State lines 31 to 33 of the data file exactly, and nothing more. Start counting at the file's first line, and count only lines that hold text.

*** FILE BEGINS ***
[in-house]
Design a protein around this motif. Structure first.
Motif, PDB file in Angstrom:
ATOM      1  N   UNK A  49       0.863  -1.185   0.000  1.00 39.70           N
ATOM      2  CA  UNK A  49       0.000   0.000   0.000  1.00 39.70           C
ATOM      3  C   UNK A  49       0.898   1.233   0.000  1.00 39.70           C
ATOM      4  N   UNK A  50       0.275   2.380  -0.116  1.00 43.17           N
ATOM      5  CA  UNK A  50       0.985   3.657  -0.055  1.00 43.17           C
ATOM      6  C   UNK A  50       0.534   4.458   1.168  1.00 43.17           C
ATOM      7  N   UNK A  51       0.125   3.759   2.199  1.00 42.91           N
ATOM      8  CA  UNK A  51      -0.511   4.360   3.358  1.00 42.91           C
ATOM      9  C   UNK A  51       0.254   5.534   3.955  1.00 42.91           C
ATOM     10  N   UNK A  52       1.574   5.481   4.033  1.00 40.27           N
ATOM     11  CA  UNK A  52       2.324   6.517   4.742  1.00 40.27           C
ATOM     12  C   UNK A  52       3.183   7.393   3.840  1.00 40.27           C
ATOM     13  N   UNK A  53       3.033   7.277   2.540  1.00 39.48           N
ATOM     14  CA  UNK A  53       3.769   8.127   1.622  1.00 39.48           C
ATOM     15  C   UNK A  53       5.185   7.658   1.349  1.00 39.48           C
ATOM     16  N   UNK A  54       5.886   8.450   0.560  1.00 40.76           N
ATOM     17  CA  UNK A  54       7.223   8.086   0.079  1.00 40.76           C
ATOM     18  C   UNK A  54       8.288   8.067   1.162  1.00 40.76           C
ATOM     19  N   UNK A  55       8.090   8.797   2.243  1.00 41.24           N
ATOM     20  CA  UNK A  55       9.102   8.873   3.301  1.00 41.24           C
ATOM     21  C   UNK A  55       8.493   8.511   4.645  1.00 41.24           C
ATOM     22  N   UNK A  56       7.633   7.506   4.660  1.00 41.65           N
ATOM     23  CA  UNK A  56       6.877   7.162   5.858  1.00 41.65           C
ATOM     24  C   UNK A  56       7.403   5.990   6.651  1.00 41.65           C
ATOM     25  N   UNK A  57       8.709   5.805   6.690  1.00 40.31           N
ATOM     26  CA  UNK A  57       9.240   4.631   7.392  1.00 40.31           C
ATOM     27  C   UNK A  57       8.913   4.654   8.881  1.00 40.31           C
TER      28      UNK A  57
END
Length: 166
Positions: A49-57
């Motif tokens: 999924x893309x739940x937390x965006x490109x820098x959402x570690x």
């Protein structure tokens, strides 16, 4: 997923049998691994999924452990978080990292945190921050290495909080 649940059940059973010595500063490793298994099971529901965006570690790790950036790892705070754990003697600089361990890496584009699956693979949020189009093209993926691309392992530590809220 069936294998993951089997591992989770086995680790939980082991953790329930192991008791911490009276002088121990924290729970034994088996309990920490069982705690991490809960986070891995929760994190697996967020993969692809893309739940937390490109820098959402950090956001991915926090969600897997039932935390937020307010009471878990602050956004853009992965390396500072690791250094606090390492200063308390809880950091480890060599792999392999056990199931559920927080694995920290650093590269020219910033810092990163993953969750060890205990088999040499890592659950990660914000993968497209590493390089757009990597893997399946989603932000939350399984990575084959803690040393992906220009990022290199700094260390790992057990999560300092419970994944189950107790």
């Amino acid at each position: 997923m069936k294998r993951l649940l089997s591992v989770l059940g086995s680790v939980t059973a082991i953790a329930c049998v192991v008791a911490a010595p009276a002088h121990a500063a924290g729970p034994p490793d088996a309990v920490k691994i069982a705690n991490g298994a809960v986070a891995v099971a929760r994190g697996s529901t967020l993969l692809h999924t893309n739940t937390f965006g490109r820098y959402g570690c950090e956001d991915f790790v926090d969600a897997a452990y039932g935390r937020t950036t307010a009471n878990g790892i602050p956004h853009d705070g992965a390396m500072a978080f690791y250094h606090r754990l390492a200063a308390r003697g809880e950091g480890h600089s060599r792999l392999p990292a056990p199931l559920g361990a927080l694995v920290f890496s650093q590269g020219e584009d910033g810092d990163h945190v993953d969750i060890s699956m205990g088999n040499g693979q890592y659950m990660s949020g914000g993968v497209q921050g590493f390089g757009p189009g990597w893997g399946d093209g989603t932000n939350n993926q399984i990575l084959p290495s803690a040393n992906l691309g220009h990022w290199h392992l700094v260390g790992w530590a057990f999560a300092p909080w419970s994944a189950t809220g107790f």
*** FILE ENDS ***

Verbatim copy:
TER      28      UNK A  57
END
Length: 166